Mailbag: It's time to disband the Fairview Park committee

The recent happenings at Fairview Park are classic examples of how the desire of people to maintain Fairview Park for passive use stands in direct conflict with the requirements of big government.

The problem is that government cannot grow if it doesn't spend money. Every five years or so someone comes along with a better idea for the park, oblivious to its history and why it is not just an open field waiting to be developed.

Almost 30 years ago, the residents of Costa Mesa recognized that most of the parks in the city required a permit or an appointment to use them. There virtually was nowhere you could go in the city to enjoy a park unless you were involved with a ball sport. This desire drove the decision to buy the land from the county, preventing its development.

The fate of Fairview Park was sealed long ago with the discovery of the buried archaeological remnants of Native American settlements. Big government doubled down by accepting mitigation money from big business to rehabilitate the mud holes required for the San Diego fairy shrimp.

Government tends to ignore its own laws, so we must keep a watchful eye. Plans for a golf course, sports complex or parking lot will always be waiting in the wings. It is time to disband the Fairview Park committee.

James J. Jones

Costa Mesa


Writers wrong on 'United' ruling

In recent weeks, the Daily Pilot has run several short letters, possibly orchestrated by an organized campaign, criticizing the Supreme Court's 2010 decision in Citizens United vs. Federal Election Commission. Without addressing the implications of the decision for public policy, one consistent error in these letters needs to be corrected.

Contrary to widespread myth, Citizens United did not invent a new doctrine that corporations are people. That doctrine has been formally recognized in American law since at least the early 1800s, and has roots in common law going back to the Middle Ages.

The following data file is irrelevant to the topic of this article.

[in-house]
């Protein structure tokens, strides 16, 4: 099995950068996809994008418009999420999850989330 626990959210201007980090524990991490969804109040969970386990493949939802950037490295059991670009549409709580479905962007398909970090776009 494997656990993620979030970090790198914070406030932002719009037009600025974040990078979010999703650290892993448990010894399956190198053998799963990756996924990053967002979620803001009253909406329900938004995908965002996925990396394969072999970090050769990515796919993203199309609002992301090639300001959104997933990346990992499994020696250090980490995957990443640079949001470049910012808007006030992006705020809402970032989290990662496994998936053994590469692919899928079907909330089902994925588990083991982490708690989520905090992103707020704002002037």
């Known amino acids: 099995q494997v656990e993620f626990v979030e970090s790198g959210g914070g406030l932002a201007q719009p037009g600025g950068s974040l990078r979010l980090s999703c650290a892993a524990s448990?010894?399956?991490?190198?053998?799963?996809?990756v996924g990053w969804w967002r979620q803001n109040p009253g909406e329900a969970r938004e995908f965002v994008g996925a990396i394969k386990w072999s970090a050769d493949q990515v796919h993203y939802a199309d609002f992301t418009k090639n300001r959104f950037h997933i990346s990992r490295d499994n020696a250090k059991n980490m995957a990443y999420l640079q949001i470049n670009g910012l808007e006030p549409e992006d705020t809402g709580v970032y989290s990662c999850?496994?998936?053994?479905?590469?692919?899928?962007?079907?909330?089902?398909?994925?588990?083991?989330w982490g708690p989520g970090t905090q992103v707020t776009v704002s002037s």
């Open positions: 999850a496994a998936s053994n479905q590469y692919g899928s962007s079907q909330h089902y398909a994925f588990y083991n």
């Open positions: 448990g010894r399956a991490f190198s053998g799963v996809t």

It was recognized in William Blackstone's magisterial "Commentaries on the Laws of England," one of the primary sources used in the framing of the U.S. Constitution. It was first addressed by the Supreme Court in Dartmouth College vs. Woodward in 1819 and reiterated in Pembina Consolidated Silver Mining Co. vs. Pennsylvania, Santa Clara County vs. Southern Pacific Railroad (the latter treating the point as so uncontroversial that it was disposed of in a mere headnote) and many times since.

Corporations are defined as people in the first section of the United States Code and Section 14 of the California Civil Code. As some of the loudest critics of the decision know perfectly well from their first-year law school classwork, none of this is new.

Ironically, the premise underlying concern about corporations paying to publicize their viewpoints is that an ill-informed citizenry, unlike a thoughtful public, may be easily influenced by slick, expensively produced political advertising. These letters may make a case against free, unrestricted political speech in a way their writers perhaps didn't quite intend.

Thomas J. Eastmond

Newport Beach

The writer is an attorney practicing in Irvine.

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